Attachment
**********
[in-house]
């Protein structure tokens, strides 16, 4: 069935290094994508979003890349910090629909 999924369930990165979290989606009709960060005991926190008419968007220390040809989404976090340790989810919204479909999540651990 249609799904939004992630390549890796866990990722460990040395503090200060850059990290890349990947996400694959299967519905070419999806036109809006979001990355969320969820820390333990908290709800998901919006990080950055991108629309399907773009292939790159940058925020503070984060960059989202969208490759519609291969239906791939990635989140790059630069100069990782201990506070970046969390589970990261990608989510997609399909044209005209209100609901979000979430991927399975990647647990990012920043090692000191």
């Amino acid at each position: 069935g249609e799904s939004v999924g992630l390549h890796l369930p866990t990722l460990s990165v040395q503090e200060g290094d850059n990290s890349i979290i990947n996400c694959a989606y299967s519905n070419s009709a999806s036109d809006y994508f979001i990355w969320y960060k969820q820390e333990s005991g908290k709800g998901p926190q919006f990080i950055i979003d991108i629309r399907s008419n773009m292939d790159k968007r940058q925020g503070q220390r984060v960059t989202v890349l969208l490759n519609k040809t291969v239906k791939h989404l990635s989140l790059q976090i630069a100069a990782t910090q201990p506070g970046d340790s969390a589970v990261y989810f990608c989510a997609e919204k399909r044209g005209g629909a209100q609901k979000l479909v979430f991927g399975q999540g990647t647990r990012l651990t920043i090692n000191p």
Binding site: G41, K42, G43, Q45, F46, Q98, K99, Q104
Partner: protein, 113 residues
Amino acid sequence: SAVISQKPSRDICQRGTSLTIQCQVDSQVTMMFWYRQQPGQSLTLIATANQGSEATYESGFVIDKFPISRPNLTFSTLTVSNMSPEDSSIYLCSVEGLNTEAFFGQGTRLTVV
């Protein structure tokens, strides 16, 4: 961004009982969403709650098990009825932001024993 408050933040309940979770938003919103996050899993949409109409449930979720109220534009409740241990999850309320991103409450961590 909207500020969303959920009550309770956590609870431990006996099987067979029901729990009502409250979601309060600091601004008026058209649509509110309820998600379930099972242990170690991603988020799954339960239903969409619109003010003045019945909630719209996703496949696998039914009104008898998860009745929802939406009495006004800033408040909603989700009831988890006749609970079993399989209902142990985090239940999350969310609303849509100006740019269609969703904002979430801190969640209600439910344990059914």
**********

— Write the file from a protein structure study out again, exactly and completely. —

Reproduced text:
[in-house]
């Protein structure tokens, strides 16, 4: 069935290094994508979003890349910090629909 999924369930990165979290989606009709960060005991926190008419968007220390040809989404976090340790989810919204479909999540651990 249609799904939004992630390549890796866990990722460990040395503090200060850059990290890349990947996400694959299967519905070419999806036109809006979001990355969320969820820390333990908290709800998901919006990080950055991108629309399907773009292939790159940058925020503070984060960059989202969208490759519609291969239906791939990635989140790059630069100069990782201990506070970046969390589970990261990608989510997609399909044209005209209100609901979000979430991927399975990647647990990012920043090692000191």
């Amino acid at each position: 069935g249609e799904s939004v999924g992630l390549h890796l369930p866990t990722l460990s990165v040395q503090e200060g290094d850059n990290s890349i979290i990947n996400c694959a989606y299967s519905n070419s009709a999806s036109d809006y994508f979001i990355w969320y960060k969820q820390e333990s005991g908290k709800g998901p926190q919006f990080i950055i979003d991108i629309r399907s008419n773009m292939d790159k968007r940058q925020g503070q220390r984060v960059t989202v890349l969208l490759n519609k040809t291969v239906k791939h989404l990635s989140l790059q976090i630069a100069a990782t910090q201990p506070g970046d340790s969390a589970v990261y989810f990608c989510a997609e919204k399909r044209g005209g629909a209100q609901k979000l479909v979430f991927g399975q999540g990647t647990r990012l651990t920043i090692n000191p």
Binding site: G41, K42, G43, Q45, F46, Q98, K99, Q104
Partner: protein, 113 residues
Amino acid sequence: SAVISQKPSRDICQRGTSLTIQCQVDSQVTMMFWYRQQPGQSLTLIATANQGSEATYESGFVIDKFPISRPNLTFSTLTVSNMSPEDSSIYLCSVEGLNTEAFFGQGTRLTVV
């Protein structure tokens, strides 16, 4: 961004009982969403709650098990009825932001024993 408050933040309940979770938003919103996050899993949409109409449930979720109220534009409740241990999850309320991103409450961590 909207500020969303959920009550309770956590609870431990006996099987067979029901729990009502409250979601309060600091601004008026058209649509509110309820998600379930099972242990170690991603988020799954339960239903969409619109003010003045019945909630719209996703496949696998039914009104008898998860009745929802939406009495006004800033408040909603989700009831988890006749609970079993399989209902142990985090239940999350969310609303849509100006740019269609969703904002979430801190969640209600439910344990059914």